Ocado is building a new customer fulfilment centre (CFC) in Bristol, the companies have announced.
Ocado’s first “mini-CFC” will be able to process over 30,000 orders per week, serving customers in the city and surrounding area. They will be able to place orders for delivery the same day.
The building will be located in a 150,000 square foot warehouse in Avonmouth and will employ around 815 staff. It is expected to go online at the end of 2020 or early 2021.
Tim Steiner, chief executive of Ocado Group, said: “The Ocado Smart Platform is constantly evolving as we innovate to adapt to changing customer needs. We can now deliver the best customer experience across a whole range of customer missions, through CFCs, mini-CFCs, and micro fulfilment centres.
“Ocado’s technology is dynamic and constantly improving, delivered through tried and tested solutions with proven and attractive economics. Our mission is to deliver the future of online shopping today, and we believe we are succeeding.”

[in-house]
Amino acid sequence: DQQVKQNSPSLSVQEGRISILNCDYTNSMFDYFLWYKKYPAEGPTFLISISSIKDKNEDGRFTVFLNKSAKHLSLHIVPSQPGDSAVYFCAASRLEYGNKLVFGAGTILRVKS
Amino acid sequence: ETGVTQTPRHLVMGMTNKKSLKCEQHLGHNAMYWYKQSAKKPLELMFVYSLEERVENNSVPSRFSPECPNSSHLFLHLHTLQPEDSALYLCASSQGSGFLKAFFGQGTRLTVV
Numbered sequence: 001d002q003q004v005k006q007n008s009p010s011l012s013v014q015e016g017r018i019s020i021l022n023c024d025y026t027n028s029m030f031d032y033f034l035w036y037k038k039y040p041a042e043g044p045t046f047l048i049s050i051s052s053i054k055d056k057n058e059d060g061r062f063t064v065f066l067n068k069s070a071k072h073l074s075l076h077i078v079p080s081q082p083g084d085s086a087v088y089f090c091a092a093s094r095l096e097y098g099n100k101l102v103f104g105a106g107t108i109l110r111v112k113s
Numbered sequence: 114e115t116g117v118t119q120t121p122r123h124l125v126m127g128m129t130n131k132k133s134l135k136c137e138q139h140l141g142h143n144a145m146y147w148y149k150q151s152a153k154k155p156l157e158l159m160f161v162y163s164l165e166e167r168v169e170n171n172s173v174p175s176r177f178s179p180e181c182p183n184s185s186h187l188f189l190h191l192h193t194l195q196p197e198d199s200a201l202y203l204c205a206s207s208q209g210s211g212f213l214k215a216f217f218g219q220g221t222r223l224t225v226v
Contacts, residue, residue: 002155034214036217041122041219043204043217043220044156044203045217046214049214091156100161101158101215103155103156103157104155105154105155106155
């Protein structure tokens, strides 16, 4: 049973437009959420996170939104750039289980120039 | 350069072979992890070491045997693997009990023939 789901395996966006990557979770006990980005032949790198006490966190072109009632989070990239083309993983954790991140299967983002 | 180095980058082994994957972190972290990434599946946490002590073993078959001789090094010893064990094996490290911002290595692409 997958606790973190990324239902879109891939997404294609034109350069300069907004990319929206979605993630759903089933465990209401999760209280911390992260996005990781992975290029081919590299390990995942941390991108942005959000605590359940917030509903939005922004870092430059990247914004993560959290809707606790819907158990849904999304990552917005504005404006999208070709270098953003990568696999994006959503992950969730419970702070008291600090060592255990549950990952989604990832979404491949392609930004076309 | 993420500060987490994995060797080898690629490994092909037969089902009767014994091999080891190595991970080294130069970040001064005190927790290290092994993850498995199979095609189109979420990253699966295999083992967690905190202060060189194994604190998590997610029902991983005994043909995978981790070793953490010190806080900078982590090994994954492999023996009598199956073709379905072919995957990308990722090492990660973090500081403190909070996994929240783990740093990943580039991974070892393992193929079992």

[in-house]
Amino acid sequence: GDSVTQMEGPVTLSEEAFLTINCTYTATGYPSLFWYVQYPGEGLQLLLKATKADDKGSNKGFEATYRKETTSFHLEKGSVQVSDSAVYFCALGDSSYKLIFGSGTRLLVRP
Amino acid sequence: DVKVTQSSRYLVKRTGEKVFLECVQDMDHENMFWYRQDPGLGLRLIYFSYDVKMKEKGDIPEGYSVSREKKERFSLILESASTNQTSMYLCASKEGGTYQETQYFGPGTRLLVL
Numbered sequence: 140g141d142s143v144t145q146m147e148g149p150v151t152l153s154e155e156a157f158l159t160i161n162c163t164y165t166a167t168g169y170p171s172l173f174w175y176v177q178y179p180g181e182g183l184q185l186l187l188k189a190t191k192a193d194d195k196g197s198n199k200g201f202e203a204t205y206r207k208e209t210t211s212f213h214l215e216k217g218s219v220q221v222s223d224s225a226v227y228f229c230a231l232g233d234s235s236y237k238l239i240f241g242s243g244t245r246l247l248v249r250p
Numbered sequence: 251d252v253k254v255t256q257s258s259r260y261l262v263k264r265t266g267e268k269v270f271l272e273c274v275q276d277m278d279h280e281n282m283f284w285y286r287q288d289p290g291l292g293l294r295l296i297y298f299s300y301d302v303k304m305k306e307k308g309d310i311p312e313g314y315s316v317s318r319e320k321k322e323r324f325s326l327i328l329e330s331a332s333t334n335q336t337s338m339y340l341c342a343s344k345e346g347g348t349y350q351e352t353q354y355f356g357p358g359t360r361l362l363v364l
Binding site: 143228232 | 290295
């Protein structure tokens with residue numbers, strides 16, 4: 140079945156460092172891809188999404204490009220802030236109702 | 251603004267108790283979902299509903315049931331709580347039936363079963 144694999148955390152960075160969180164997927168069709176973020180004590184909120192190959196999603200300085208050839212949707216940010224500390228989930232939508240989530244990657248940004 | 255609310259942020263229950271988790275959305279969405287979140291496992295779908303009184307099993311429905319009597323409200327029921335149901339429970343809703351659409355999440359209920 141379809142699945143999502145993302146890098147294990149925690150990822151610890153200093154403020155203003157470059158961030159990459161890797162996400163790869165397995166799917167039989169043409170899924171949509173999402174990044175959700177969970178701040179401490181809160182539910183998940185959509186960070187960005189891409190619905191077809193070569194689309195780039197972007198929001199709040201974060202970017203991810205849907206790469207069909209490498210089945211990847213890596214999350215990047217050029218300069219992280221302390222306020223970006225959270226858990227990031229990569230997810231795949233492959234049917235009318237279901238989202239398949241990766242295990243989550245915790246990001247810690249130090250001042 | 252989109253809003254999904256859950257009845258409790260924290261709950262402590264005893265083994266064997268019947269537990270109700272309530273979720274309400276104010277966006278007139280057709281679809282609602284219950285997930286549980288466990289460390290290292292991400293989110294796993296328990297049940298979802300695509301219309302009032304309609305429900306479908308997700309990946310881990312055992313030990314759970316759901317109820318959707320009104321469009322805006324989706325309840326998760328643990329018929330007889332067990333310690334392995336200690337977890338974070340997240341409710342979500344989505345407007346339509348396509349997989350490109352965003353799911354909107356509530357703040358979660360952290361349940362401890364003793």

Peter Davies, development director at St. Modwen Industrial & Logistics, said: “Securing a customer of this nature is testament to the quality of our scheme, its prime location and confirms our commitment to speculatively build-out sites where appropriate. Across our parks, we’re able to cater to both leading national occupiers as well as small-to-medium-sized industrial and logistics businesses.
“Ocado Retail is a strong addition to our growing list of high-quality customers and the company’s developing offering in the South West will bring significant investment in the regional economy and support hundreds of new jobs.”
Ocado plans for the smaller sites to complement its standard-sized CFCs in areas which are not suitable for the latter, allowing it to reach more households. These sites are also quicker to bring online.
Investment firm Jefferies recently said that Ocado’s US client Kroger had made a “poor and significant long-term capital allocation” misstep in adopting the Ocado model of customer fulfilment centres.
It argued that micro-fulfilment (MFC), in which smaller fulfilment centres are situated closer to the customers, offered a better return on investment than the centralised fulfilment model favoured by the Kroger-Ocado partnership. It said the former model was less capital-intensive and more easily scaled.
Jefferies argued that Walmart, which already uses the MFC model, was better placed to take advantage of the situation in the country.